Thinking of a Career in Emergency Management?
- BY Nicole Pelette
UNICEF has a 70-year history of innovating for children. We believe that new approaches, partnerships and technologies that support realizing children’s rights are critical to improving their lives
The Office of Innovation is a creative, interactive, and agile team in UNICEF. We sit at a unique intersection, where an organization that works on huge global issues meets the startup thinking, the technology, and the partners that turn this energy into scalable solutions.
UNICEF's Office of Innovation creates opportunities for the world's children by focusing on where new markets can meet their vital needs. We do this by:
Connecting youth communities (or more broadly -- anyone disconnected or under-served) to decision-makers, and to each other, to deliver informed, relevant and sustained programmes that build better, stronger futures for children.
Provoking change for children through an entrepreneurial approach -- in a traditionally risk-averse field -- to harness rapidly moving innovations and apply them to serve the needs of all children.
Creating new models of partnership that leverage core business values across the public, private and academic sectors in order to deliver fast, and lasting results for children.
The Office of Innovation specifically looks to form partnerships around frontier technologies (like drones and UAVs, blockchain, 21st century skills, urban technologies, new banking tools, wearables and sensors, or 3D-Printing) that exist at the intersection of $100 billion business markets and 1 billion person needs – and to identify how they can grow and scale profitably and inclusively.
In coming years drones will be fully incorporated into commercial airspace. Will we be ready? How can we use these emerging technologies to help children? UNICEF Innovation is looking at the future of drones (UAV/Ss, RPAs), for humanitarian response and development. Though they are a new technology, their potential use in imagery, connectivity and transport situations will be integral. Drones can be helpful, for example, in mudslides in humanitarian and refugee flooding situations, by bringing connectivity to disconnected areas and for transporting important medical supplies to hard-to-reach places.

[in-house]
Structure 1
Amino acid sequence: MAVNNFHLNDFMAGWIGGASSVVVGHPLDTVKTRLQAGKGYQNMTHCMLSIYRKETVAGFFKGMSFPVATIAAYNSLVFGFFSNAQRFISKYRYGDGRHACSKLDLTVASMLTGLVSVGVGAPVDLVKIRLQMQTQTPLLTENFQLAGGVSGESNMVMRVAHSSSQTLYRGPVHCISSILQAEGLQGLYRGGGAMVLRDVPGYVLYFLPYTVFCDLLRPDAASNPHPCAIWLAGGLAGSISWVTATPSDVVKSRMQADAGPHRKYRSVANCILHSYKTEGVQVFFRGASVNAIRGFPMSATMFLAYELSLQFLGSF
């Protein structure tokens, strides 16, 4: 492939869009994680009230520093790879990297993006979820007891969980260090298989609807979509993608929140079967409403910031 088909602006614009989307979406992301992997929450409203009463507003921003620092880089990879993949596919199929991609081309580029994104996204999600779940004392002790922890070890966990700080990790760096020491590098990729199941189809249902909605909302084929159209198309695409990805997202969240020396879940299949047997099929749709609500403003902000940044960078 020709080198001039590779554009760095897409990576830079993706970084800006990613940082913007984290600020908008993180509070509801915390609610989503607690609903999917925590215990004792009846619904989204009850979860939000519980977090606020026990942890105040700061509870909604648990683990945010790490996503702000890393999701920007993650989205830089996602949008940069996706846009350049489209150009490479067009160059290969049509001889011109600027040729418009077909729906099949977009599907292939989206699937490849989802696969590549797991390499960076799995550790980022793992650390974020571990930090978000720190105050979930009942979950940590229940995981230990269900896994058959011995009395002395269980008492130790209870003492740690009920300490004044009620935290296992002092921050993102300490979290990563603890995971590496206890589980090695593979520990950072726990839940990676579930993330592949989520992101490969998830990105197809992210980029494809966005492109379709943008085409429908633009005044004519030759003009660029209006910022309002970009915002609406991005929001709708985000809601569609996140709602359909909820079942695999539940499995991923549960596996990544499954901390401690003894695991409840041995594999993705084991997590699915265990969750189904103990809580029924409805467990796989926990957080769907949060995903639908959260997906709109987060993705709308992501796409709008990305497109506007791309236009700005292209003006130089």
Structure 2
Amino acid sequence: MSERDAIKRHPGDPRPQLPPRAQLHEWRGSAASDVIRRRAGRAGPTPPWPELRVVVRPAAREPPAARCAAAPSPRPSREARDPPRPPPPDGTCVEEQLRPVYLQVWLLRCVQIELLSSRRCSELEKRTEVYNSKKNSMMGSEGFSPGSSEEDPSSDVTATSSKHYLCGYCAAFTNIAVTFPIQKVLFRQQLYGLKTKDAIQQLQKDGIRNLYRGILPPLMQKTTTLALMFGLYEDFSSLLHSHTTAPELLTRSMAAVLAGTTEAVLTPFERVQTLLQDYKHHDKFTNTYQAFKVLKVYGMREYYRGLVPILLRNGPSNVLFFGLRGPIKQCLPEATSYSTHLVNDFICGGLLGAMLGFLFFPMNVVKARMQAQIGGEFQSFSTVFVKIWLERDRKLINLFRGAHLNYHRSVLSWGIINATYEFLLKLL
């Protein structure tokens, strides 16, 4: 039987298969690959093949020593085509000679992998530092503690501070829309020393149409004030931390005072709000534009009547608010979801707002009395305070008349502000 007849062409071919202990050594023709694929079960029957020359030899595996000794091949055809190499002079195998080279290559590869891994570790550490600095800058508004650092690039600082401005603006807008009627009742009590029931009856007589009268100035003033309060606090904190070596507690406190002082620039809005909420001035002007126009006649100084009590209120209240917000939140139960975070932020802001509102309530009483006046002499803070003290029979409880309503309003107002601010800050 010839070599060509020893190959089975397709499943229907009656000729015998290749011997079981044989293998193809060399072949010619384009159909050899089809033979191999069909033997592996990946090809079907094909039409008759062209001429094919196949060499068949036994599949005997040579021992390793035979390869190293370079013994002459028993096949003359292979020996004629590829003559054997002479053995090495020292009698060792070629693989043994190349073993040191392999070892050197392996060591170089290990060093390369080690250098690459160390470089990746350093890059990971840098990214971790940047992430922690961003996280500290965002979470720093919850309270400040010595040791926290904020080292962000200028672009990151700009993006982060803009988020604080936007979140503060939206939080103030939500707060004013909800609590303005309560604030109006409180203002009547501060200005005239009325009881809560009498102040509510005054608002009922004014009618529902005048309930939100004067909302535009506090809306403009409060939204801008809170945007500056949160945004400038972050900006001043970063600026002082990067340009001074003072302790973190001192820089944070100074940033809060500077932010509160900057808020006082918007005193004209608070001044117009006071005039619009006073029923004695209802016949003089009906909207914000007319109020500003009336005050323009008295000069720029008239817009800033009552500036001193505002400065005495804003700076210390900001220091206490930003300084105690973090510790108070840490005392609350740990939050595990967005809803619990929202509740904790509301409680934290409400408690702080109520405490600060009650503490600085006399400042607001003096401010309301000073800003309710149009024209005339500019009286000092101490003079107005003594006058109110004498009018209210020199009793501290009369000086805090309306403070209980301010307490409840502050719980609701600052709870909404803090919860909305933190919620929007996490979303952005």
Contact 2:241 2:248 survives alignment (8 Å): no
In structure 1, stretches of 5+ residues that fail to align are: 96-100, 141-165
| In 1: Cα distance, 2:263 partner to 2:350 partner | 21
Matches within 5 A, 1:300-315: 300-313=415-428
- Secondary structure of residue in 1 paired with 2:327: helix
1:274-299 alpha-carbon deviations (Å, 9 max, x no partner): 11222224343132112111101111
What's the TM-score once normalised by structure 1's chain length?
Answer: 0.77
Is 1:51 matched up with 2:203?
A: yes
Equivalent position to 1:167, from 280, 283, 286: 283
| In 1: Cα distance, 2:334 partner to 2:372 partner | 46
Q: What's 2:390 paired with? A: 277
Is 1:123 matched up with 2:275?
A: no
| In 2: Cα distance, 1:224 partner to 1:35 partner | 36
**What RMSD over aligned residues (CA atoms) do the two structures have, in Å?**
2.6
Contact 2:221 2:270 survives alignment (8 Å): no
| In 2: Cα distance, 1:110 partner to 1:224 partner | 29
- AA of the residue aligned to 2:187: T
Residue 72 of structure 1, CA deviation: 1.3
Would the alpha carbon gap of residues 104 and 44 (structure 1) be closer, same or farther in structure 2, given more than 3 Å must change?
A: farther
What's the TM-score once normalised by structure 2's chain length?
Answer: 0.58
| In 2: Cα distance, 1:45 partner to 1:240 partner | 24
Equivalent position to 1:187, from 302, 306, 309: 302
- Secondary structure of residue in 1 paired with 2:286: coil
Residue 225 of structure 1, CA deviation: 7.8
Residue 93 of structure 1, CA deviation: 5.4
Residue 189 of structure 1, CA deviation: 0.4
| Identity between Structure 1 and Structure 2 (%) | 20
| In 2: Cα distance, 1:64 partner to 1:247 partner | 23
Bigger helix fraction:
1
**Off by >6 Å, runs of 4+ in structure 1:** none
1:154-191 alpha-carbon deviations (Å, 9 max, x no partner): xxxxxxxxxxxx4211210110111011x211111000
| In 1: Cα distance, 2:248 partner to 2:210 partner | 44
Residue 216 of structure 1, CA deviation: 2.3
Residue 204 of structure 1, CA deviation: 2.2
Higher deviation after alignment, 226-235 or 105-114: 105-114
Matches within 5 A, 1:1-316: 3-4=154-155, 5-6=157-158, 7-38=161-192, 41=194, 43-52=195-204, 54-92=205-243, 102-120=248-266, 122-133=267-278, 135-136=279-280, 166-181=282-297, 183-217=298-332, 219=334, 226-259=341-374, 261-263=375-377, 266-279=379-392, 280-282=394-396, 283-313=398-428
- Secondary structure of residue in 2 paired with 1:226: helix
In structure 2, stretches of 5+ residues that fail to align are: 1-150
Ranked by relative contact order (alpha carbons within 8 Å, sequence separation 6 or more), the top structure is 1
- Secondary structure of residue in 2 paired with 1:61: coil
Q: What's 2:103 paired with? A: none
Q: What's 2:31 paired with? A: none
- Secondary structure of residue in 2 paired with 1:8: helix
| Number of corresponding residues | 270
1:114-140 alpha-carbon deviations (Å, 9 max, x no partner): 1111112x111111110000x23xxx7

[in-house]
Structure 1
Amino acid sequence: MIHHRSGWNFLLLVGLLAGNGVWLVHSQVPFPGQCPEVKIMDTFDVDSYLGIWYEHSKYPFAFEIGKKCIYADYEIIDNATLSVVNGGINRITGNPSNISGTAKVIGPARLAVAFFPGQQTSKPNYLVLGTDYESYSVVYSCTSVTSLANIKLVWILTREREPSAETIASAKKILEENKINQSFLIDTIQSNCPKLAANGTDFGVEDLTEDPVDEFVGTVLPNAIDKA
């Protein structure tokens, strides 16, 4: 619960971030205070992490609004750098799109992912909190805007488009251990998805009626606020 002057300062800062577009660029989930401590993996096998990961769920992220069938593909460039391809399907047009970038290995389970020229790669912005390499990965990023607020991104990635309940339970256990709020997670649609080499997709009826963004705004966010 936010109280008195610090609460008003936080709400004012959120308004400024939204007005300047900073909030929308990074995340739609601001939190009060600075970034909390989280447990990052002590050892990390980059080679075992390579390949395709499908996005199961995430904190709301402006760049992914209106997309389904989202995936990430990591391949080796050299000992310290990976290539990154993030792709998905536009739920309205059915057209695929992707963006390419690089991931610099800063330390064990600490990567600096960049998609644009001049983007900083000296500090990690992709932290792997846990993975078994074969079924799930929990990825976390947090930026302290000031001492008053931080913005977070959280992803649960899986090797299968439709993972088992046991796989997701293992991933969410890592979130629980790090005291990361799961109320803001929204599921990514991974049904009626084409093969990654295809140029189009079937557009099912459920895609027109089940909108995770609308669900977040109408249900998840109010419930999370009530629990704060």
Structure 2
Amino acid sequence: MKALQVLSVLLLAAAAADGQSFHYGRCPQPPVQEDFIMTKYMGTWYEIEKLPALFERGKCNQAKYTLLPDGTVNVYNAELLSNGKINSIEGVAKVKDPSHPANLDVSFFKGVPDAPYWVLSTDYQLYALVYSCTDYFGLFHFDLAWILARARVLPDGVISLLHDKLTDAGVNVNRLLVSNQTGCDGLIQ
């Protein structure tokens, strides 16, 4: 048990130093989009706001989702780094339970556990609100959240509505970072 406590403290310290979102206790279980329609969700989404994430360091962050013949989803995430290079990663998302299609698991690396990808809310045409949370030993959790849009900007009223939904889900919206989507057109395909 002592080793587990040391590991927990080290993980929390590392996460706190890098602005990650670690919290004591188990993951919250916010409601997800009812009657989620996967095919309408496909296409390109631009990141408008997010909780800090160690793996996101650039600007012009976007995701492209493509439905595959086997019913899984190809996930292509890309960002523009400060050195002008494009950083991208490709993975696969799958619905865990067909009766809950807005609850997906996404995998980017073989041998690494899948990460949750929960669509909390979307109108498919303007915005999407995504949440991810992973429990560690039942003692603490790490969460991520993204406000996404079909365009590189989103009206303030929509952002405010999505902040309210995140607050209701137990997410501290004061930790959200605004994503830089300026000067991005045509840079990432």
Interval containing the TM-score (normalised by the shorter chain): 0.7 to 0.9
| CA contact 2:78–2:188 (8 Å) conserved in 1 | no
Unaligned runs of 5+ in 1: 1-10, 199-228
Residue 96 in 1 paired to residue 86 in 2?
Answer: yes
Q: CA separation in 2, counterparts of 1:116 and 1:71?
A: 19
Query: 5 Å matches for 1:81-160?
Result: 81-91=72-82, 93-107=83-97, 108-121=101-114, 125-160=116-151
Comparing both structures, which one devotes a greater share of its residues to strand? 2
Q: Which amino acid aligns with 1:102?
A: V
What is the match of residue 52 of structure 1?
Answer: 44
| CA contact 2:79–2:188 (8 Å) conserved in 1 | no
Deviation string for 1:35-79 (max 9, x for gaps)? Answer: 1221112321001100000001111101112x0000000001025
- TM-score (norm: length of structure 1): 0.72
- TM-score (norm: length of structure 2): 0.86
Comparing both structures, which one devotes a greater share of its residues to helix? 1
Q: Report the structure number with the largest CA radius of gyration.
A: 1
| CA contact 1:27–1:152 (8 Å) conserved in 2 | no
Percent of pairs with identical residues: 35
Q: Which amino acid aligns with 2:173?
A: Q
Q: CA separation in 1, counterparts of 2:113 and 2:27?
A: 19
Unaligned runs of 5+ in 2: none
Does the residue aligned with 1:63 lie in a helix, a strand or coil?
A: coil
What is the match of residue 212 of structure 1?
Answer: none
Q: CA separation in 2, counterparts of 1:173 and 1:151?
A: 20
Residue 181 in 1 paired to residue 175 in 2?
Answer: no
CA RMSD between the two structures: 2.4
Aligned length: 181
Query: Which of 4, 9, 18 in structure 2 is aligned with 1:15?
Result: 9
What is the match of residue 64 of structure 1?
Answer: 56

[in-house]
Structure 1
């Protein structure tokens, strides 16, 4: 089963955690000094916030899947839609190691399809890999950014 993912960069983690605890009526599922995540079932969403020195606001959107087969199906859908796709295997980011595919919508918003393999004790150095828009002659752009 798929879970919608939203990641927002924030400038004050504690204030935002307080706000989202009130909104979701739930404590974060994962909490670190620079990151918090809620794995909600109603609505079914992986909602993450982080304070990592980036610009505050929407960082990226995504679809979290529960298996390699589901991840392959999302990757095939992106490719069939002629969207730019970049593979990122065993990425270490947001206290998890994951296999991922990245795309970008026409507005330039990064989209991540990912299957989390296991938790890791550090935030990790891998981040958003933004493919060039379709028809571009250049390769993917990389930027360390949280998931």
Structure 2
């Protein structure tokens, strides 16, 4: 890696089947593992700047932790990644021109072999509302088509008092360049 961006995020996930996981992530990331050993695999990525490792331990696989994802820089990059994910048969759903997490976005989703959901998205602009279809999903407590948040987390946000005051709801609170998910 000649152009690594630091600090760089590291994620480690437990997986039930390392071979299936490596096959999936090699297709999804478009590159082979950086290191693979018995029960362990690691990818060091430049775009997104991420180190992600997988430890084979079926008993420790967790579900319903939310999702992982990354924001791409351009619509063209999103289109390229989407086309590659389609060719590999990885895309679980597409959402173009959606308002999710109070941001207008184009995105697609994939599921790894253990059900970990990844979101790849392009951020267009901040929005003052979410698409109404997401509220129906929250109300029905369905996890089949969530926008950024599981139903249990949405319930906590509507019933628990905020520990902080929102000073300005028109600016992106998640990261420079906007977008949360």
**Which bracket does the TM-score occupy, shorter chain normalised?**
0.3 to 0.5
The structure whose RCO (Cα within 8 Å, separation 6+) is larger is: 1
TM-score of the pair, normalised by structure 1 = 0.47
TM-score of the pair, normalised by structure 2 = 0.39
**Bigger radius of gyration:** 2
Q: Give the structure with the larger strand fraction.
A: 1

UNICEF has identified drone technology and drone-based services as a means to strengthen and improve its work in global health and community resilience. The Office of Innovation is supporting the organization to better understand these opportunities, address key considerations on the use of drones, and craft a practical way forward for UNICEF to globally leverage this technology in protecting and advancing the rights of children.
UNICEF has established implementation hubs to test drones for humanitarian and development applications. These hubs provide new platforms for data collection, stakeholder engagement and youth capacity building:
Through the UNICEF Venture Fund, UNICEF has invested in six drone startups developing open source software and hardware solutions to support the use of UAS in humanitarian use cases. These seed investments to entrepreneurs will accelerate the development of digital public goods in the drone technology sector. These digital public goods can be either the design and blueprints to build low-cost and long-endurance drones for the delivery of medical supplies under an open-source license, or open-source algorithms to model precipitation and floods that help to better identify households at risk. Each investment within this cohort has the potential to improve efficiencies within UNICEF’s programmes, creating solutions that contribute to improve the living conditions of the most disadvantaged children.
Your main responsibilities will be:
To qualify as an advocate for every child you will have…